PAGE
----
No longer recording in Atlanta and focusing on rhythm and blues since 1953, Okeh Records spun gold in the ’60s with a team of “Chicago Soul” artists including Major Lance. Writing most of the hit material was Curtis Mayfield of the Impressions. The records by Lance were top-drawer. His recording of Mayfield’s “The Monkey Time” went all the way to number 8 on the pop charts and number two on the rhythm and blues charts. It was Okeh’s first hit in ten years. The next year, Mayfield and Lance combined their talents again with “Um, Um, Um, Um, Um, Um” which peaked at number 5 on the US pop charts.
Among Lance’s biggest fans were The Beatles, who made no secret of their love for American soul music. In a 1964 photo, we see John Lennon, Paul McCartney and George Harrison waving to their fans. Underneath McCartney’s left arm is a Major Lance album.
Keisha Lance Bottoms was born in 1970, the same year the Beatles broke up. By then Lance’s career was on the skids, although he did tour England in the late ’60s with a back-up band called Bluesology, which featured Reggie Dwight on piano. Around that time Dwight changed his name to Elton John and went on to dominate popular music for much of the ’70s.
The ’70s were not so rewarding for Lance, however. In 1970 he released a couple of singles on Mayfield’s Curtom label which did well enough on the US rhythm and blues charts but failed to cross over to the pop market. His other ’70s recordings fared even worse. Then there was a cocaine bust in 1978 that got him four years behind bars. Upon his release from prison he played the beach music market, mostly along the Carolina coast, but then there were serious health issues. A heart attack in 1987 and then glaucoma, which left him nearly blind. He played the Chicago Blues Festival (a great lineup including Jimmy Rogers and Pinetop Perkins) in June of 1994 but three months after that career highlight he passed away at the age of 55.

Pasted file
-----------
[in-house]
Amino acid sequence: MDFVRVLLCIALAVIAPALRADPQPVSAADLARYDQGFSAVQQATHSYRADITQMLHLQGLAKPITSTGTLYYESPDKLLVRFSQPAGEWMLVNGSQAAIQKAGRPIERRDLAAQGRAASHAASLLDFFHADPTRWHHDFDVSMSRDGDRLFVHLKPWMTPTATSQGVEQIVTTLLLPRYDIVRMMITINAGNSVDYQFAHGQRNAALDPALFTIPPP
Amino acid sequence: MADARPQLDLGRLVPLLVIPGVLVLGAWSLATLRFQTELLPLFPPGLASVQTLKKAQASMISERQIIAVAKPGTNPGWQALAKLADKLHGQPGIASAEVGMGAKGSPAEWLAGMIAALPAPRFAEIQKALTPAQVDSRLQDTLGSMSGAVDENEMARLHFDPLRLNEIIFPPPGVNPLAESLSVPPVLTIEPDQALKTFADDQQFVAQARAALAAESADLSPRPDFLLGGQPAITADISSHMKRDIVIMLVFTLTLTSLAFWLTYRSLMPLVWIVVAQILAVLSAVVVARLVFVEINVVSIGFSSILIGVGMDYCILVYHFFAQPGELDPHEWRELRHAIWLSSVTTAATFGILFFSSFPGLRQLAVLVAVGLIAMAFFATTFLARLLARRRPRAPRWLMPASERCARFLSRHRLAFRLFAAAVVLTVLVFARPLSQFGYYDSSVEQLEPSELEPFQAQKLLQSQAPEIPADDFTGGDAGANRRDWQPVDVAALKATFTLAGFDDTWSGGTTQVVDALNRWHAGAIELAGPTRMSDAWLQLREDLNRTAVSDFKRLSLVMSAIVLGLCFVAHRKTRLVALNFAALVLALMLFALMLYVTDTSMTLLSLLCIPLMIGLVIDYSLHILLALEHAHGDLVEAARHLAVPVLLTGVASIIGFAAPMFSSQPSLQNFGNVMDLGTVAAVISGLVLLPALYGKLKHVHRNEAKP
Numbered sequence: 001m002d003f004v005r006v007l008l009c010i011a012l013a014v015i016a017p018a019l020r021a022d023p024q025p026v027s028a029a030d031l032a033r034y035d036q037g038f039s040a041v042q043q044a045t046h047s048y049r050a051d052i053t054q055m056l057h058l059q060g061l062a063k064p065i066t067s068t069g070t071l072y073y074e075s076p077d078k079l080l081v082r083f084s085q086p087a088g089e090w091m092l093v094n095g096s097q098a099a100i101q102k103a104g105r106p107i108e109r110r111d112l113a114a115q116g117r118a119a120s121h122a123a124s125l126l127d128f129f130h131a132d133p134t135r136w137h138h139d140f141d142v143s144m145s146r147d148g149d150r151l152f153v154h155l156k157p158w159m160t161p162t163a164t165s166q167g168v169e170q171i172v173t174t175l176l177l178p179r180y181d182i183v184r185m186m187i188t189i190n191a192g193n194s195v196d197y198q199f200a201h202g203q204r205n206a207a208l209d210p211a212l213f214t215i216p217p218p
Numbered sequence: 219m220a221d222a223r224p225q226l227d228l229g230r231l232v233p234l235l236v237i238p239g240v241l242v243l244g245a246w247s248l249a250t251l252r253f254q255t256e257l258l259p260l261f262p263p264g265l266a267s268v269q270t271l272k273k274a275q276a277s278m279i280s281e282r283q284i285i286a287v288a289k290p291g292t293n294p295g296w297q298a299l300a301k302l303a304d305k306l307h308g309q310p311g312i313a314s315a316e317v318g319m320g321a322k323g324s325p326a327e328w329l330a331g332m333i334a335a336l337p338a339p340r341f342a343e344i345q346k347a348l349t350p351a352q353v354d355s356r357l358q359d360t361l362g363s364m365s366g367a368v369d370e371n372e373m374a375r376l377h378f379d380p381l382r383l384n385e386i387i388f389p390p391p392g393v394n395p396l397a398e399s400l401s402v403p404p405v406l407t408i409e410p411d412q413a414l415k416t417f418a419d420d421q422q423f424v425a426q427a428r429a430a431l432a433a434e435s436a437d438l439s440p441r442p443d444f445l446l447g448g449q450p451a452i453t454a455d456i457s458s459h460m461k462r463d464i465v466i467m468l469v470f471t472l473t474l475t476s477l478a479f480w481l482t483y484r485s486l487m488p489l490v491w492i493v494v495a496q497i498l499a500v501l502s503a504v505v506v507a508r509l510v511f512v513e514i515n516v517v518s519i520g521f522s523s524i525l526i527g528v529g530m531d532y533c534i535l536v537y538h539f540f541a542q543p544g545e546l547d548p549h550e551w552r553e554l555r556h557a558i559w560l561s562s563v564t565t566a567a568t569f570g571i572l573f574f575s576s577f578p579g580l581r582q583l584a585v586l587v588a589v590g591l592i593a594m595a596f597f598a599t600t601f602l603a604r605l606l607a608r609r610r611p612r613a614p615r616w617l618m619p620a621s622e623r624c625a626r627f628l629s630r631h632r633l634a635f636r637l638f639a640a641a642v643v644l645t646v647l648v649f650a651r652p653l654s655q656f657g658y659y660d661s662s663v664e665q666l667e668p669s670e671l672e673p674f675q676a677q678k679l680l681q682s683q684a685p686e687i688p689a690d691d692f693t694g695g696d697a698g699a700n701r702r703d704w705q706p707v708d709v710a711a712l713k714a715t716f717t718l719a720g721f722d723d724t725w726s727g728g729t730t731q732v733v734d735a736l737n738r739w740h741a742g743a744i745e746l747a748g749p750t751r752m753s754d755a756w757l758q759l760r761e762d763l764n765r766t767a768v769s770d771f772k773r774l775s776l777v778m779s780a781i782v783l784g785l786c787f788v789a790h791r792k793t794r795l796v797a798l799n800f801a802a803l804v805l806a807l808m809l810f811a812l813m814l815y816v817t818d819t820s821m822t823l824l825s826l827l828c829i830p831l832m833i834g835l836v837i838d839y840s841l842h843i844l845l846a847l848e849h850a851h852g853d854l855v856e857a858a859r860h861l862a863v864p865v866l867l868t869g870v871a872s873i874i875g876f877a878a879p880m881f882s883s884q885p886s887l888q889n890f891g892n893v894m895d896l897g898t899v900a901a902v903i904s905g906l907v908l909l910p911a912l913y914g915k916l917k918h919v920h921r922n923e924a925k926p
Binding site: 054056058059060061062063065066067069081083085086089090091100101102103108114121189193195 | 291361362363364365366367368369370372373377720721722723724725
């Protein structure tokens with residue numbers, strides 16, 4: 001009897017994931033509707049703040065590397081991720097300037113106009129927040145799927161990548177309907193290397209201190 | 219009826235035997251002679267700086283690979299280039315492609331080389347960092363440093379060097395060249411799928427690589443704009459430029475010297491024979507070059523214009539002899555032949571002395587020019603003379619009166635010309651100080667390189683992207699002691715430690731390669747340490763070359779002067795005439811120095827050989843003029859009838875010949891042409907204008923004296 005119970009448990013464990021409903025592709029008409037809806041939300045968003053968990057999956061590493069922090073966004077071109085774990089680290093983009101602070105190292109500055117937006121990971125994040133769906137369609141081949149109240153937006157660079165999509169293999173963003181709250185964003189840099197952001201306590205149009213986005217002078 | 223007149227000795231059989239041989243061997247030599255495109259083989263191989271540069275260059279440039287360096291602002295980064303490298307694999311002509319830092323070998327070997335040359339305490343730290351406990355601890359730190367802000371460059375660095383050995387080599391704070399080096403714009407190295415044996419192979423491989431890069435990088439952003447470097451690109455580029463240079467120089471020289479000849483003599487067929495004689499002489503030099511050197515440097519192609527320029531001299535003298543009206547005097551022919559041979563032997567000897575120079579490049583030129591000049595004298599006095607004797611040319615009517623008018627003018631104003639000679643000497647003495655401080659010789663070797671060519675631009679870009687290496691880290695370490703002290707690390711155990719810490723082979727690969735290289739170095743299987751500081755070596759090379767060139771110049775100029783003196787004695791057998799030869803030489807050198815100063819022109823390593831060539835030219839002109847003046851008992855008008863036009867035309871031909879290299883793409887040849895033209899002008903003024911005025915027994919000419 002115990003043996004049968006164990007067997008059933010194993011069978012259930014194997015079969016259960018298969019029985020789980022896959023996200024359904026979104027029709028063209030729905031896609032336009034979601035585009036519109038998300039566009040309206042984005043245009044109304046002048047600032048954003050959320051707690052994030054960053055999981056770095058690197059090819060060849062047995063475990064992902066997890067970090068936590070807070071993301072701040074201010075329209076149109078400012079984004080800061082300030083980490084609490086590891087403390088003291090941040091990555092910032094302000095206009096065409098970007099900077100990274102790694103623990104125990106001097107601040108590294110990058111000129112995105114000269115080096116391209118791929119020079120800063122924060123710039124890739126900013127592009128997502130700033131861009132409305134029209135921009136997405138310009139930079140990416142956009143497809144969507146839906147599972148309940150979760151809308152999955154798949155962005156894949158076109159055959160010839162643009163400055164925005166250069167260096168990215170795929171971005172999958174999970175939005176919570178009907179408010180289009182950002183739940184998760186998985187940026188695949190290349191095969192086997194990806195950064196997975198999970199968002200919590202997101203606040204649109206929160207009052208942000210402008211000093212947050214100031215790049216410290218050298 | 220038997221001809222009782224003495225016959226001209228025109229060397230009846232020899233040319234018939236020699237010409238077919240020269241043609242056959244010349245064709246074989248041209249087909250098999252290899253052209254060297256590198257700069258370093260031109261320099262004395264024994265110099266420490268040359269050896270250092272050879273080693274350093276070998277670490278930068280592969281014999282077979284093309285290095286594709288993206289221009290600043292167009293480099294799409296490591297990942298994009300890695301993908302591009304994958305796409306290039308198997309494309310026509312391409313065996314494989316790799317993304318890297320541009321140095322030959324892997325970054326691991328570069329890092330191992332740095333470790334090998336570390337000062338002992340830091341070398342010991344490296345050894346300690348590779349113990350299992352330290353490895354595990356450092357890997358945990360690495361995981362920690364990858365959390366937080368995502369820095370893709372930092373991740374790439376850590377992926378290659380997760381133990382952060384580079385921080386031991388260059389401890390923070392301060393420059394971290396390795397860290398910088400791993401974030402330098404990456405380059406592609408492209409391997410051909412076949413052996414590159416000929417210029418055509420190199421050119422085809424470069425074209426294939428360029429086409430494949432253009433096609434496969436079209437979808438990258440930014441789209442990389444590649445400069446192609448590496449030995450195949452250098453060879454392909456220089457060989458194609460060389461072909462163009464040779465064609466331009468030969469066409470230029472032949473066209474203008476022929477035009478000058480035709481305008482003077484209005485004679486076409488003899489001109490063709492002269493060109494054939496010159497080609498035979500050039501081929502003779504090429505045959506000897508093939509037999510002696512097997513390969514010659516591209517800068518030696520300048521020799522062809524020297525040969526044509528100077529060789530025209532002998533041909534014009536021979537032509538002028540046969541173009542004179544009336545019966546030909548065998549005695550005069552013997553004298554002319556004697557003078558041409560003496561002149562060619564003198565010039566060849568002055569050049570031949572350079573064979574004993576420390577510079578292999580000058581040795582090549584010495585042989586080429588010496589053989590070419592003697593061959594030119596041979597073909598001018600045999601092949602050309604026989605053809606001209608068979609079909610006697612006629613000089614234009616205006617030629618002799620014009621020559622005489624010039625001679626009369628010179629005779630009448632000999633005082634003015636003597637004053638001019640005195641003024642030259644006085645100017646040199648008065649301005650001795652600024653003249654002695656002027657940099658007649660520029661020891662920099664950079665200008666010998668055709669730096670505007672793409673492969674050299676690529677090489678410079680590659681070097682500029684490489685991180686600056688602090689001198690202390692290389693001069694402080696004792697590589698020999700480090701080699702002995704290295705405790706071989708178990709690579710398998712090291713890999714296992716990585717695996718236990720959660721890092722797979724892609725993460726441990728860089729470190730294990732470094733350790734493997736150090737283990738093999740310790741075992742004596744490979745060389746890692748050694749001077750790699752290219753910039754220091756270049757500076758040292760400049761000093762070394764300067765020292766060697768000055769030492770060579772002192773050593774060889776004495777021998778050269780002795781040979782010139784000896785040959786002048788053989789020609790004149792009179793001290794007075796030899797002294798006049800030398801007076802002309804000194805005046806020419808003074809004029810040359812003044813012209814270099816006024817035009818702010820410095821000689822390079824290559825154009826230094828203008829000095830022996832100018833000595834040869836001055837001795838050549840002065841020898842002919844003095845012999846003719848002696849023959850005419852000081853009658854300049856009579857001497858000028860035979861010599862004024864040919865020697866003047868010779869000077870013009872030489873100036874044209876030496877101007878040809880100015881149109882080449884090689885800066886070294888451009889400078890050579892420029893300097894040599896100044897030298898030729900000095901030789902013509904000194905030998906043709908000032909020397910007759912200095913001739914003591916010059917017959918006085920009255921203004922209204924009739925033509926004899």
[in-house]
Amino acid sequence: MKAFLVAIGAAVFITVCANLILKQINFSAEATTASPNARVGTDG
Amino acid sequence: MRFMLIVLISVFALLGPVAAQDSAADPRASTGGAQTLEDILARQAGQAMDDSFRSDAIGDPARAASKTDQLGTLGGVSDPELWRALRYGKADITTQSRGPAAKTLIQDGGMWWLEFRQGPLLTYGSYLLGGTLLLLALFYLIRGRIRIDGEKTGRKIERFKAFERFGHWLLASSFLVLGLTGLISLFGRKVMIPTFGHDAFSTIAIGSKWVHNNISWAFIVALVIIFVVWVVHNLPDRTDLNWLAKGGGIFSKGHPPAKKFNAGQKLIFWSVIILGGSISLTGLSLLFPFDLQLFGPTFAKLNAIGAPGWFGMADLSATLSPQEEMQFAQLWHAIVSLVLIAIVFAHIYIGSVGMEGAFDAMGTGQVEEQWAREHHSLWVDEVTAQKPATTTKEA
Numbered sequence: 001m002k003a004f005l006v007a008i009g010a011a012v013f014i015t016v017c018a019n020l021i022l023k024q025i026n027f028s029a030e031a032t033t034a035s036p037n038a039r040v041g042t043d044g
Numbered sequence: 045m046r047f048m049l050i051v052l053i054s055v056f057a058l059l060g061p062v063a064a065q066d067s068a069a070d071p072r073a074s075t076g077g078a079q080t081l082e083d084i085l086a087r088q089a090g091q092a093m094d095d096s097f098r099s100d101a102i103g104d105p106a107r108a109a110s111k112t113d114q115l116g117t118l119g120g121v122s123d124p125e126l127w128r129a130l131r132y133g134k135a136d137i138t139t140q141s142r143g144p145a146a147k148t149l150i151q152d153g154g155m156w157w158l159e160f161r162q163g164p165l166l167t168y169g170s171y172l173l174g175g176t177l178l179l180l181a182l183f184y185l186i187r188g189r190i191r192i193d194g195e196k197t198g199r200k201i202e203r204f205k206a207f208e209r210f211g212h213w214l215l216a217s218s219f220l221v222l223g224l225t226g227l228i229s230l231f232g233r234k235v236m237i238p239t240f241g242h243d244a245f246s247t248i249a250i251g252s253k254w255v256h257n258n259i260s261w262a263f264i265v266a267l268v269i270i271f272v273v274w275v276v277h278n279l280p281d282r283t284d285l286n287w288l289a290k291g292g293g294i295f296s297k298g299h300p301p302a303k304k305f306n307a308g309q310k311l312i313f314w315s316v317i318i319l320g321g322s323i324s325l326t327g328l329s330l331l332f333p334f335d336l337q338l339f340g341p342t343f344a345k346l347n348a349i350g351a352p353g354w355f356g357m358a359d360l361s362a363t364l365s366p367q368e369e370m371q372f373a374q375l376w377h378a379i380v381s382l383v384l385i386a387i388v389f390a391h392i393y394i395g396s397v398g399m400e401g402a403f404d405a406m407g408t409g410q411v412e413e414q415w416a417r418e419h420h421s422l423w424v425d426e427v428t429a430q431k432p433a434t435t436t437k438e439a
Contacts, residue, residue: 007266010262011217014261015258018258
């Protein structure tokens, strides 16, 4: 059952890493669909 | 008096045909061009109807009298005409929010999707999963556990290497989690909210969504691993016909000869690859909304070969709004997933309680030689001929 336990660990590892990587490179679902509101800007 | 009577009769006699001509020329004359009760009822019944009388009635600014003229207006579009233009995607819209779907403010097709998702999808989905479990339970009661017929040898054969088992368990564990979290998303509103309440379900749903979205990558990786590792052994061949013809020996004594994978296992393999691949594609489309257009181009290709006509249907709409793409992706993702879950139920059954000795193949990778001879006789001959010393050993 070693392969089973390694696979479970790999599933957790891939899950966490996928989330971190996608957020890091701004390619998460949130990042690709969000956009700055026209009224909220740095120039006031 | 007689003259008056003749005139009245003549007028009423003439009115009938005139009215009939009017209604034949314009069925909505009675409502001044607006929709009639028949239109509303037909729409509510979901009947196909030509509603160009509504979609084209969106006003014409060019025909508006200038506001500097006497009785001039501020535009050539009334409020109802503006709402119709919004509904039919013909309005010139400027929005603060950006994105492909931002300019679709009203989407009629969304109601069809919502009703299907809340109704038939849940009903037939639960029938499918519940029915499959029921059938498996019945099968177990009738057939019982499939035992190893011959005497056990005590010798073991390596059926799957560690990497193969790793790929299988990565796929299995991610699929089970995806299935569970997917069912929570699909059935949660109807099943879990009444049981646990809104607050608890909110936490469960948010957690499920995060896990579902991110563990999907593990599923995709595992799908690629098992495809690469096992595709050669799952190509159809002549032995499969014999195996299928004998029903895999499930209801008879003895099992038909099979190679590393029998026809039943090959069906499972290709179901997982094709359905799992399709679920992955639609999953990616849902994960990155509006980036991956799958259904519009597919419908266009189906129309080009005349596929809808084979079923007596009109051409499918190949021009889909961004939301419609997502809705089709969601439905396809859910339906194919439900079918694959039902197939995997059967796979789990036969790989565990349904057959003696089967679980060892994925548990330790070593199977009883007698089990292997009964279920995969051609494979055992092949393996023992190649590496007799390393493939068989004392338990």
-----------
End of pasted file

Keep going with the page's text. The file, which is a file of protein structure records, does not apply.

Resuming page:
Major Lance did not connect with American music lovers in the same way rhythm and blues artists such as Smokey Robinson, Otis Redding and Marvin Gaye did, but he was a vibrant part of the scene with his warm and effervescent voice. His recordings, especially when he worked with Mayfield, were works of swinging soul. He emerged around the time millions of American young people were starting to tune in to pop radio. They’d hear The Beatles with their multitude of hits, Bob and Earl’s “Harlem Shuffle” and dozens of other great songs, including Lance’s “Um, Um, Um, Um, Um, Um.” It was a special time and Major Lance made it sound even better.
Although her dad never recorded at 152 Nassau Street, it would’ve been great if Keisha Lance Bottoms had acknowledged the Okeh connection and advocated saving a building important to America’s musical history. Make Atlanta known for preserving history. What a change that would be. Some might call it nepotism but Mayor Bottoms would be doing the right thing.
(photo of CD by Jeff Cochran)